CURSE YOU eBIRD, for bringing to light my birding inadequacies!!! If it weren’t for eBird, I’d be quite merry with my 193 total!!

Photographing a non-existent bird

Photo of Blue-winged Warbler - Vermivora cyanoptera

A Blue-winged Warbler seen at Newton Hills State Park in South Dakota. Most sources would consider it to be very rare for the area, or an out-of-range vagrant. Thanks to “citizen scientists”, I think our understanding of bird distributions is going to be much improved in the coming years.

I visited Newton Hills State Park this week.  It’s a wonderful place to bird, and rarely fails to produce some interesting birds, particularly given that its an oasis of forest in a vast plain of corn and soybeans.  While walking along a path I heard what is now a familiar song, a buzzy quiet song that sometimes sounds like half insect, half bird.  Soon the source the song popped up on the top of a nearby cedar…a Blue-winged Warbler.  I was able to take quite a few decent photos of him before I moved on to find other quarry.

What’s always interesting about that spot in Newton Hills, and that species, is that they’re generally assumed NOT to be there.  Oh, among local birders, that particular spot is well known as “the”  place to find a Blue-winged Warbler in South Dakota.  However, if you look at field guides or other sources of bird information that provide range maps, southeastern South Dakota is either on the very extreme edge of the Blue-winged Warbler’s range, or it’s outside their normal breeding range.  Despite that, most years you can find a couple of pairs of Blue-winged Warblers breeding in this corner of Newton Hills State Park.

As always, I recorded the Blue-winged Warbler sighting in eBird, along with all the other birds I saw on that day.  If you’re not an eBird user, when you report a “rare” or unusual bird, the software flags it, and makes you enter a bit a detail about the sighting.  To further verify the identification, you can upload a photo that you may have taken of the bird.  EBird flagged Blue-winged Warbler as rare and unusual for the area, so I added a blurb about the very clear sighting, and also later uploaded a photo to accompany the report.

I’m in the habit now of entering eBird sightings most of the time when I go birding, but I’m still surprised sometimes when eBird flags a sighting as rare and unusual.  It does make you realize how incomplete our understanding is for even the most basic of characteristics of a given bird species…where they can be found.  There have been a number of times where I’ve casually entered a species in eBird, and have been surprised when eBird has flagged it as rare for the area.  Many times, it’s a species I’ve found in that area quite consistently.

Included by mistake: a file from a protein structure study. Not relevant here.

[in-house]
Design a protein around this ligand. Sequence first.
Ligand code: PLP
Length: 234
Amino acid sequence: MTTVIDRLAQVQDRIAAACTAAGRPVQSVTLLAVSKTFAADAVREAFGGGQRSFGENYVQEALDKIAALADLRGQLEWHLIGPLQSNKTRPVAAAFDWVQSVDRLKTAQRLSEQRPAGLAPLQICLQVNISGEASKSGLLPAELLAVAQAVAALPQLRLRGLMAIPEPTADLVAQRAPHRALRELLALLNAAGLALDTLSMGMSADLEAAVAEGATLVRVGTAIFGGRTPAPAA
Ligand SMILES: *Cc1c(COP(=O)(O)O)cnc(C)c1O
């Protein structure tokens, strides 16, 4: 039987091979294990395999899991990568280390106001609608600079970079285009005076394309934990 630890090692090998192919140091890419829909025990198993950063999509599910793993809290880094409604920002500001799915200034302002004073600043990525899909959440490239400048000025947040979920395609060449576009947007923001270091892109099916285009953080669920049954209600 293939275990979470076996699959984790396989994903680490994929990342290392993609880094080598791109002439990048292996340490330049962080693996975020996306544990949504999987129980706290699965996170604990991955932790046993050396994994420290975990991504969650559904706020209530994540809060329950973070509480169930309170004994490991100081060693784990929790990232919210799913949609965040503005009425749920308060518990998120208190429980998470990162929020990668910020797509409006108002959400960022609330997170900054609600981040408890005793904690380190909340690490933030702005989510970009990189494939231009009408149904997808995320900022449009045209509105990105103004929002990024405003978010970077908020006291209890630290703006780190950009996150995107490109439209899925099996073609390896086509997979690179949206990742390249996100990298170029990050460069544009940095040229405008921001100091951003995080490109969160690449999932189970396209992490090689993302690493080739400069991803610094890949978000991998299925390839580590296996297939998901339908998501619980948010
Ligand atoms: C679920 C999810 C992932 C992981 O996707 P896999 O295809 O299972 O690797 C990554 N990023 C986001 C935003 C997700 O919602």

I’ve brought up eBird here before, but as I photographed and reported what many sources consider to be a “non-existent” species for this part of the country, it does make you realize the power of “citizen science” and what a massive database such as eBird can do to improve our understanding of bird species distributions, migration timing, etc.

F***ing, Fat, Fake Nature Lovin’ Campers – FFFNLCs

Vegetation removal at Big Sioux Rec Area - 2013 to 2015

Big Sioux Rec Area campground – 2 years ago, and today. All shrubs and trees anywhere close to the road removed, any remaining trees trimmed way up. Can’t have any scratches on those $125,000 RVs!!!

We live across the street from the Big Sioux Recreation Area, a state park here in South Dakota.  It’s a riparian area along the Big Sioux River, with many very large cottonwoods and burr oaks, among other trees.  We’ve lived in Brandon for over 20 years now, and I’ve always enjoyed the park, including the birds found within.  That enjoyment is becoming less and less as time goes by.

There’s a definite pecking order in terms of what passes for “recreation” in South Dakota.  Birds and birding, and wildlife in general, seems to be very far down that list.  “Parks and Rec” often seems to mean accommodating a few select recreational uses of public land.  Hunting definitely tops the list.  What else would you think when you get to your favorite  South Dakota State Park, and are immediately greeted with a sign that says “Warning – Hunting Season in Progress”?  Nothing says rest and relaxation more than walking a beautiful path, looking for birds, all the time with a wary eye for any trigger happy hunter that may be targeting something in your general vicinity.